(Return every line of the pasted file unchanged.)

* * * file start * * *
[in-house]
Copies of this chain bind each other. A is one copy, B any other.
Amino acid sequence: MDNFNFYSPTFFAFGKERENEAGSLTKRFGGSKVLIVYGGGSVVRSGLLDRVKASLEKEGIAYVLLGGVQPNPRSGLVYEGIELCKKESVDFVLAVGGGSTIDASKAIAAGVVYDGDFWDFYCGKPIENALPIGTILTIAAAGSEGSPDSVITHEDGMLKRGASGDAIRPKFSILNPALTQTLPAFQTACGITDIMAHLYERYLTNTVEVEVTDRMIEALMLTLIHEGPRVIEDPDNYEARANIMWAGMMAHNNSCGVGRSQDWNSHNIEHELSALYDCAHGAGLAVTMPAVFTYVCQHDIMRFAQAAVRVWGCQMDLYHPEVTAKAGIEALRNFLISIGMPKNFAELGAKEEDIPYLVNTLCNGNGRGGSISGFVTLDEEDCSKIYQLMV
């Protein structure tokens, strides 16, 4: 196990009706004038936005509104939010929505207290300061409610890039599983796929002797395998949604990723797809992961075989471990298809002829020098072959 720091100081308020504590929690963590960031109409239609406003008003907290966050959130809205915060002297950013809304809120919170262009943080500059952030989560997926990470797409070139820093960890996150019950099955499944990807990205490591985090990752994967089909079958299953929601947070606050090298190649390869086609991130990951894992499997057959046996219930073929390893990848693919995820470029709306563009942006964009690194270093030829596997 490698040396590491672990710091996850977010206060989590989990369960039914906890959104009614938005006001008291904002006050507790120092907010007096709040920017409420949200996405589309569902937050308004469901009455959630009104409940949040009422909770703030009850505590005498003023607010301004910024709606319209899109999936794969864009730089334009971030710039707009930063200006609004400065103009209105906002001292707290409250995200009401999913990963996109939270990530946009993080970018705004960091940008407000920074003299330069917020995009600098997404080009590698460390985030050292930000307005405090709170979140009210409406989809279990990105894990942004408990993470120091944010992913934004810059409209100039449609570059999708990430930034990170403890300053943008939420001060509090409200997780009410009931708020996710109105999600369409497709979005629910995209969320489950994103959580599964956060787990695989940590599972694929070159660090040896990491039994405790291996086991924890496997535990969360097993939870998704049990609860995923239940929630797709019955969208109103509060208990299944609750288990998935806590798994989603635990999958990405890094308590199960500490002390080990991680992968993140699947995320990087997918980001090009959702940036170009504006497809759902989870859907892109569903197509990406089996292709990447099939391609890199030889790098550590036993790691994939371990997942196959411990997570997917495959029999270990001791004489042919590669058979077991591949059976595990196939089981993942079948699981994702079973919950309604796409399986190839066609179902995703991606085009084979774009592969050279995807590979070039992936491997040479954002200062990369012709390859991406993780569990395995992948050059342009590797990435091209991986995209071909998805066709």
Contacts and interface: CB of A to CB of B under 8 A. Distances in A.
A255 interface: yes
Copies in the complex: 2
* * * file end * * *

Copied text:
[in-house]
Copies of this chain bind each other. A is one copy, B any other.
Amino acid sequence: MDNFNFYSPTFFAFGKERENEAGSLTKRFGGSKVLIVYGGGSVVRSGLLDRVKASLEKEGIAYVLLGGVQPNPRSGLVYEGIELCKKESVDFVLAVGGGSTIDASKAIAAGVVYDGDFWDFYCGKPIENALPIGTILTIAAAGSEGSPDSVITHEDGMLKRGASGDAIRPKFSILNPALTQTLPAFQTACGITDIMAHLYERYLTNTVEVEVTDRMIEALMLTLIHEGPRVIEDPDNYEARANIMWAGMMAHNNSCGVGRSQDWNSHNIEHELSALYDCAHGAGLAVTMPAVFTYVCQHDIMRFAQAAVRVWGCQMDLYHPEVTAKAGIEALRNFLISIGMPKNFAELGAKEEDIPYLVNTLCNGNGRGGSISGFVTLDEEDCSKIYQLMV
């Protein structure tokens, strides 16, 4: 196990009706004038936005509104939010929505207290300061409610890039599983796929002797395998949604990723797809992961075989471990298809002829020098072959 720091100081308020504590929690963590960031109409239609406003008003907290966050959130809205915060002297950013809304809120919170262009943080500059952030989560997926990470797409070139820093960890996150019950099955499944990807990205490591985090990752994967089909079958299953929601947070606050090298190649390869086609991130990951894992499997057959046996219930073929390893990848693919995820470029709306563009942006964009690194270093030829596997 490698040396590491672990710091996850977010206060989590989990369960039914906890959104009614938005006001008291904002006050507790120092907010007096709040920017409420949200996405589309569902937050308004469901009455959630009104409940949040009422909770703030009850505590005498003023607010301004910024709606319209899109999936794969864009730089334009971030710039707009930063200006609004400065103009209105906002001292707290409250995200009401999913990963996109939270990530946009993080970018705004960091940008407000920074003299330069917020995009600098997404080009590698460390985030050292930000307005405090709170979140009210409406989809279990990105894990942004408990993470120091944010992913934004810059409209100039449609570059999708990430930034990170403890300053943008939420001060509090409200997780009410009931708020996710109105999600369409497709979005629910995209969320489950994103959580599964956060787990695989940590599972694929070159660090040896990491039994405790291996086991924890496997535990969360097993939870998704049990609860995923239940929630797709019955969208109103509060208990299944609750288990998935806590798994989603635990999958990405890094308590199960500490002390080990991680992968993140699947995320990087997918980001090009959702940036170009504006497809759902989870859907892109569903197509990406089996292709990447099939391609890199030889790098550590036993790691994939371990997942196959411990997570997917495959029999270990001791004489042919590669058979077991591949059976595990196939089981993942079948699981994702079973919950309604796409399986190839066609179902995703991606085009084979774009592969050279995807590979070039992936491997040479954002200062990369012709390859991406993780569990395995992948050059342009590797990435091209991986995209071909998805066709």
Contacts and interface: CB of A to CB of B under 8 A. Distances in A.
A255 interface: yes
Copies in the complex: 2